The Order of Hermits of Brother John the Good - the "Gianboniti" (2)
In the seventeenth century this claim excited a lively controversy between the famous Franciscan historian Luke Wadding and the Augustinian Thomas Herrera O.S.A.. It has now been definitely settled that the so-called Augustinian Monachism of St Francis was added to certain Italian manuscripts over a hundred years after the text had been compiled.
In any case, the historical evidence of the Acts of the Process of Canonization of John Bonus (John the Good) leaves no doubt that John Bonus started his life of penance about the year 1209, the very year in which St Francis began his Order. Therefore, Francis could not have been a disciple of John Bonus whose brethren started to gather only about 1217.)
The Boniti wore a habit (outer garment) of grey sackcloth, which was the cheapest material available. Soon John the Good obtained permission from the Bishop of Cesana to form a religious community and a small church. Soon he needed to build branch communities in order to house all those who joined him.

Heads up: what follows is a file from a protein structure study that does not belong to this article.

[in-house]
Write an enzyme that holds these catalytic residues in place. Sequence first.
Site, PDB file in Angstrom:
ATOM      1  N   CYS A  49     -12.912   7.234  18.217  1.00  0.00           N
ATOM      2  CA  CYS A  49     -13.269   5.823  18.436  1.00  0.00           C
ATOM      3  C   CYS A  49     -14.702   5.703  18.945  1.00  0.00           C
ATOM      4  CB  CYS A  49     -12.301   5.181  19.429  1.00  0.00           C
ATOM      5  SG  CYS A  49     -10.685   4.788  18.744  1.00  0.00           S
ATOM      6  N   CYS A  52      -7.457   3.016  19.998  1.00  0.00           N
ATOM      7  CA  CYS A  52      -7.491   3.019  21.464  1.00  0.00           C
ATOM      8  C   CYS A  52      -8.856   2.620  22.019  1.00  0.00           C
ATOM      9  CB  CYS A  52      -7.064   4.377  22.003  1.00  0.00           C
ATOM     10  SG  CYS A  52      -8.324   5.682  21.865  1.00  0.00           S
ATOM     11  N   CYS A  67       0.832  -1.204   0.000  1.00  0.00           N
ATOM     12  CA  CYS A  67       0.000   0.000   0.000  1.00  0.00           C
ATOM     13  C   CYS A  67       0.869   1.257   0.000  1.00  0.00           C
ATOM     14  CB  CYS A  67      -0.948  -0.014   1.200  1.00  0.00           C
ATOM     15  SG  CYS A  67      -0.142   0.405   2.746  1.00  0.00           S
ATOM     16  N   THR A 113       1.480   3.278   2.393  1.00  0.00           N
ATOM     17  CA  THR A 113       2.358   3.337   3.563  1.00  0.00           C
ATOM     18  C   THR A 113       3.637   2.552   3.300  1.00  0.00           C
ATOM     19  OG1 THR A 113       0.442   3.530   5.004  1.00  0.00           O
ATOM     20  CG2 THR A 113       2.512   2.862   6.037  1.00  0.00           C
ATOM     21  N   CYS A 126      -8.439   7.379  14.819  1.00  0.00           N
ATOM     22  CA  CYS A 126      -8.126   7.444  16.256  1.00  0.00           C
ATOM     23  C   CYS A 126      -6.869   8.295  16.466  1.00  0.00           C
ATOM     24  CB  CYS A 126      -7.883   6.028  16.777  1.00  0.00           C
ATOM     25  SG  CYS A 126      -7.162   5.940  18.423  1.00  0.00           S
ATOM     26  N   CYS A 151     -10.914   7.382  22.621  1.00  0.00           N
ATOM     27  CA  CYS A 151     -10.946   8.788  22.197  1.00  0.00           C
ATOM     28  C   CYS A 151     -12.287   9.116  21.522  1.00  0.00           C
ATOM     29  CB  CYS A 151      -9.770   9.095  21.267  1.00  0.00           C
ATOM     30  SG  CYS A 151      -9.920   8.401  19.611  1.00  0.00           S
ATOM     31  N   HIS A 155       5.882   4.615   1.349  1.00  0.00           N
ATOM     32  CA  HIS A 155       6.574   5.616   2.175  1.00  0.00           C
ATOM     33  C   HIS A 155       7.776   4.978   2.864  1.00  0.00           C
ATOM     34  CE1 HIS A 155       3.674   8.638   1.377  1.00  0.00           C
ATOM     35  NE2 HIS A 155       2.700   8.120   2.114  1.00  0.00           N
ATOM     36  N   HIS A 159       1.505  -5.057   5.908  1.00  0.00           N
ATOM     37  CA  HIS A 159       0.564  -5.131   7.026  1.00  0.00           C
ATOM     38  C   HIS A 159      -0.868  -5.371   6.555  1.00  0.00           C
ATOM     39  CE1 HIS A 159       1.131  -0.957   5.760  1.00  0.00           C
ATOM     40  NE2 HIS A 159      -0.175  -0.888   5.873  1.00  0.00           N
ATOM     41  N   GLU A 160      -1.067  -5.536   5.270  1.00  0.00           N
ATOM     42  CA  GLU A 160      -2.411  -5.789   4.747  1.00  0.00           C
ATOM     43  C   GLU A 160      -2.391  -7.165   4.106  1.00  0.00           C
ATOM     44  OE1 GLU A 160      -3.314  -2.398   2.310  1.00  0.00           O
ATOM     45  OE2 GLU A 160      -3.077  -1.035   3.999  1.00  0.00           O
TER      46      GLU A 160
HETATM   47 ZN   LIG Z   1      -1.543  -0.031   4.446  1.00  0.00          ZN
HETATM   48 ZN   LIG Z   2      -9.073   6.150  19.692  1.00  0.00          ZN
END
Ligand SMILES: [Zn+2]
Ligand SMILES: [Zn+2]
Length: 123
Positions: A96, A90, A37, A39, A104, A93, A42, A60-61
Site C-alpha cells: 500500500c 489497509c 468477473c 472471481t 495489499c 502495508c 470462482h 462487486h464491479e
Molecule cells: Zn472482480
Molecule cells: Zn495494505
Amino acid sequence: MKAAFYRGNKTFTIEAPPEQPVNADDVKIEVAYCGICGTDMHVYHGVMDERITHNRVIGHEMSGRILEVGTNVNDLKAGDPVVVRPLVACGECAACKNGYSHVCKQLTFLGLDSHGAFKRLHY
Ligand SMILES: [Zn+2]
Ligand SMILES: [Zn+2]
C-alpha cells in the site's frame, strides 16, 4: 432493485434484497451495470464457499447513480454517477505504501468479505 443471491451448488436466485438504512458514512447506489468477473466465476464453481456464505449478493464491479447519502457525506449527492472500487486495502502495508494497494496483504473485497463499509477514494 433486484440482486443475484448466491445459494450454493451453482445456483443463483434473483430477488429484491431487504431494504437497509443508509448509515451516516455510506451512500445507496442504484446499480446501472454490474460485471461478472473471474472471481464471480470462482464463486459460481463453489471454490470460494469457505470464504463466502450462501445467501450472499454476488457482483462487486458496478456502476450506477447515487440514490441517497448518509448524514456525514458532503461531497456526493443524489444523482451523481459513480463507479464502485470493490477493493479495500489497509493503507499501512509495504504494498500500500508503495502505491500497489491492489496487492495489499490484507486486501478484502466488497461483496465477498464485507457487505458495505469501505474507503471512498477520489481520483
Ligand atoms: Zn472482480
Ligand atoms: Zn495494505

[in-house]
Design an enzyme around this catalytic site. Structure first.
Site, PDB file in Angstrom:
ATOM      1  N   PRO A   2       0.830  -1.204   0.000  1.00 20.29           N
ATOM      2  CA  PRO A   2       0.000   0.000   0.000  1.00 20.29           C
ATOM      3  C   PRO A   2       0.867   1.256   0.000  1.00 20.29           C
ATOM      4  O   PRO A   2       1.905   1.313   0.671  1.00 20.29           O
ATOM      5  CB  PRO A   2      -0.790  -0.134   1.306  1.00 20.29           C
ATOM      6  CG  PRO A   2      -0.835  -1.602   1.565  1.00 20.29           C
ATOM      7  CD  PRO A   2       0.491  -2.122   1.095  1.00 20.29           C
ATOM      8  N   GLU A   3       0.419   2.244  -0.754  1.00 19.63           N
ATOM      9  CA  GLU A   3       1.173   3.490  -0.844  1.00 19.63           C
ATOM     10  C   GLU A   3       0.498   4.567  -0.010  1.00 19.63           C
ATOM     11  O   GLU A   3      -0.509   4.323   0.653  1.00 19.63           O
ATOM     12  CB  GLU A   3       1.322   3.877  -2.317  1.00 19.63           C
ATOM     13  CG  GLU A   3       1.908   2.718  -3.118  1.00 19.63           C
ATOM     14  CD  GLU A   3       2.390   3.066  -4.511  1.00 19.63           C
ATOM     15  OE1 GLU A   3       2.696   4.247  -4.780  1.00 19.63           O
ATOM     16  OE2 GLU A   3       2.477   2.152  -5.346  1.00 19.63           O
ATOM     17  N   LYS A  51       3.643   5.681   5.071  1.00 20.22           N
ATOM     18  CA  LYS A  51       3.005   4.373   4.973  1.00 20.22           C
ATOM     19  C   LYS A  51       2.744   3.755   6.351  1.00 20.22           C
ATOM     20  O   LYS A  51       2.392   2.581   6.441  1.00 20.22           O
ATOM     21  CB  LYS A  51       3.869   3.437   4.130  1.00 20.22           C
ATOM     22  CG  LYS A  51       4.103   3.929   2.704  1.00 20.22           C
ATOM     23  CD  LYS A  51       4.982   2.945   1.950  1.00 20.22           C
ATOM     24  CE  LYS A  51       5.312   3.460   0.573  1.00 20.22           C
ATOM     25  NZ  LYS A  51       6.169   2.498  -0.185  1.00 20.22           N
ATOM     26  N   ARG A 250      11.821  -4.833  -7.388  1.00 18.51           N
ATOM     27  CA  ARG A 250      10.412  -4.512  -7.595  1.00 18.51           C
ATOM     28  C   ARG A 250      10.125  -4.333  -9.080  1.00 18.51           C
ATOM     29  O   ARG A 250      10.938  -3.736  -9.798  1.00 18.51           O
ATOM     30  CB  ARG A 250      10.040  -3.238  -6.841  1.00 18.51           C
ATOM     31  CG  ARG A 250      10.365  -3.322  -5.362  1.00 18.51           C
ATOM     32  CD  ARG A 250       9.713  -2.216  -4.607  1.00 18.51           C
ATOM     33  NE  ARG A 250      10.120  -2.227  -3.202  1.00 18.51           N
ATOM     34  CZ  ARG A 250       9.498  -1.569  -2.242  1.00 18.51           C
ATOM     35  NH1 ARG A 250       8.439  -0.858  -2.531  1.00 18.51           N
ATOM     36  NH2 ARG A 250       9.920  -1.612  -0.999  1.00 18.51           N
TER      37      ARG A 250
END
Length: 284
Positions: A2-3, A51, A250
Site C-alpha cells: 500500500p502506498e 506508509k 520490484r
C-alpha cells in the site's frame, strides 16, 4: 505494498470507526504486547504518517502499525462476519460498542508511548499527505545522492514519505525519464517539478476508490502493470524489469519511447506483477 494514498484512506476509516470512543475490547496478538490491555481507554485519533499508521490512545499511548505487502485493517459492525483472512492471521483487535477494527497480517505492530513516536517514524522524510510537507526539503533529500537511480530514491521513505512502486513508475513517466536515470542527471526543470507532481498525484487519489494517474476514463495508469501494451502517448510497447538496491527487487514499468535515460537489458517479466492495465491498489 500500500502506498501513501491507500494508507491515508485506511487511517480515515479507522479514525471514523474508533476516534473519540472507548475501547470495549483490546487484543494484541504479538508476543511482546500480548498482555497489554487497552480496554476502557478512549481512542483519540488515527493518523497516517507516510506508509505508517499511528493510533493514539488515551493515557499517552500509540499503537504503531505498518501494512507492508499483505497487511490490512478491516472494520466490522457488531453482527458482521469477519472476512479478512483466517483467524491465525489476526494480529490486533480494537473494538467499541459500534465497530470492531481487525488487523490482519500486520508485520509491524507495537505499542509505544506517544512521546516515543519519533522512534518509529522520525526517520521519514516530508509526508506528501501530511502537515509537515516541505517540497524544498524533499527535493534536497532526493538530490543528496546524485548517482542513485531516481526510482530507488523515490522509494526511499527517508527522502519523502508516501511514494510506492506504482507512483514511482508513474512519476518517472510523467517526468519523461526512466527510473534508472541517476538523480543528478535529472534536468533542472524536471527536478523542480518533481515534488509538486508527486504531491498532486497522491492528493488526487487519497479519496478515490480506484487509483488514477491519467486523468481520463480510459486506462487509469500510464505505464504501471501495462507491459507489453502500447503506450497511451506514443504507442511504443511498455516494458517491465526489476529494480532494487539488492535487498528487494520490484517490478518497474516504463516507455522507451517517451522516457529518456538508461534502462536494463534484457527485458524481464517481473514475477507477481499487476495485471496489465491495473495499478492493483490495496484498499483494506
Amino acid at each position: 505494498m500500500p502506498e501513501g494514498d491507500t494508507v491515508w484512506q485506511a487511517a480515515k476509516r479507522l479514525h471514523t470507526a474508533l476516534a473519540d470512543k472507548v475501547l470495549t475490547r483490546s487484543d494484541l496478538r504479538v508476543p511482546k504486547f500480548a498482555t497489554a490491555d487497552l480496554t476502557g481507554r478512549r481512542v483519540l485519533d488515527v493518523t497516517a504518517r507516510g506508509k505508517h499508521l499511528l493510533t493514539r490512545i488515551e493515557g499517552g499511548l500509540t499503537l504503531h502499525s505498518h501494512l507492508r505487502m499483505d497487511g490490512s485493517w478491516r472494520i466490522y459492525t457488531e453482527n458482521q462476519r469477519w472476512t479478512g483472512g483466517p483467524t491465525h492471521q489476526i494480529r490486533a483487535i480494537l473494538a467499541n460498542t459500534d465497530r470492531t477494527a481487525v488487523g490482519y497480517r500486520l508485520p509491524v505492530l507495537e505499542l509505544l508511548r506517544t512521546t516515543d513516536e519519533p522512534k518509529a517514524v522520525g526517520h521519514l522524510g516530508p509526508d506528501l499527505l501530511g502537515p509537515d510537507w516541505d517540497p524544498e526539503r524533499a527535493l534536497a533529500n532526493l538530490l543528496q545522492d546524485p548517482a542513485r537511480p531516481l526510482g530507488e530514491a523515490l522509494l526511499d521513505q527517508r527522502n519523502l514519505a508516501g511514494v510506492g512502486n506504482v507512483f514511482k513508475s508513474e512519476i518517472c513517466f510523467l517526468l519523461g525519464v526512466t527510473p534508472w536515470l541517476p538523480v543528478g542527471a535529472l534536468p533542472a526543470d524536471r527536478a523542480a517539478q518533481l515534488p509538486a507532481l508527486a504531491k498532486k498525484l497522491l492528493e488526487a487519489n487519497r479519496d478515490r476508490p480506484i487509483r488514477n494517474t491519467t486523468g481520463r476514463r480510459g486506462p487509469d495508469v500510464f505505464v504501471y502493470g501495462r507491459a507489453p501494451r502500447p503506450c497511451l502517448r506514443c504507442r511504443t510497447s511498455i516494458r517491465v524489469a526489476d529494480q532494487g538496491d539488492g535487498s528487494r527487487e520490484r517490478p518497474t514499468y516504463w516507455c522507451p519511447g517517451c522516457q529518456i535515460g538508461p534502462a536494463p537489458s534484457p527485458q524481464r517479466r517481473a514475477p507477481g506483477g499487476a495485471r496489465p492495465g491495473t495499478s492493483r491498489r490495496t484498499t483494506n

He realised that the foundation of a new religious order was inevitable. Since his followers had not adopted one of the approved rules of life set out by the Second Lateran Council of 1215, John the Good sent a delegation to Rome to ask for the Rule of Saint Augustine.
This request was granted in about the year 1225, and they thereby were regarded as mendicants. They adopted Augustine's Rule, and also had their own Constitutions, about which little is now known.They laid aside the habit of penitence and took up the habit of hermits, which was grey in colour.
This habit was almost like that of the Franciscans, and since the Zanbonini were also mendicants it was unavoidable that they mistakenly received alms that were intended for the Franciscans. The resulting quarrel was laid before the papal legates, Cardinal Thomas of Sabina and Rainald of Ostia, whereupon in 1240 Pope Gregory IX prescribed a black or white habit, a wide cincture and stave (a hermit's walking stick).
The Franciscans were also convinced that the similarity of habit deprived them of candidates and did not hesitate to come to Butrioli and brazenly take candidates of the Zanbonini away to place them in their own Order.
From various sources a picture can be pieced together of a Gianboniti community.
All of their communities were situated away from the cities, yet close enough to obtain food and to go inside the city walls during the frequent regional wars of that period.
As a visitor approached a Gianboniti settlement, he was met at the gate and taken to the guesthouse, which was built next to the church.
A guest did not dine in the common refectory, as this was prohibited in the constitutions of the Gianboniti.
(Continued on the next page.)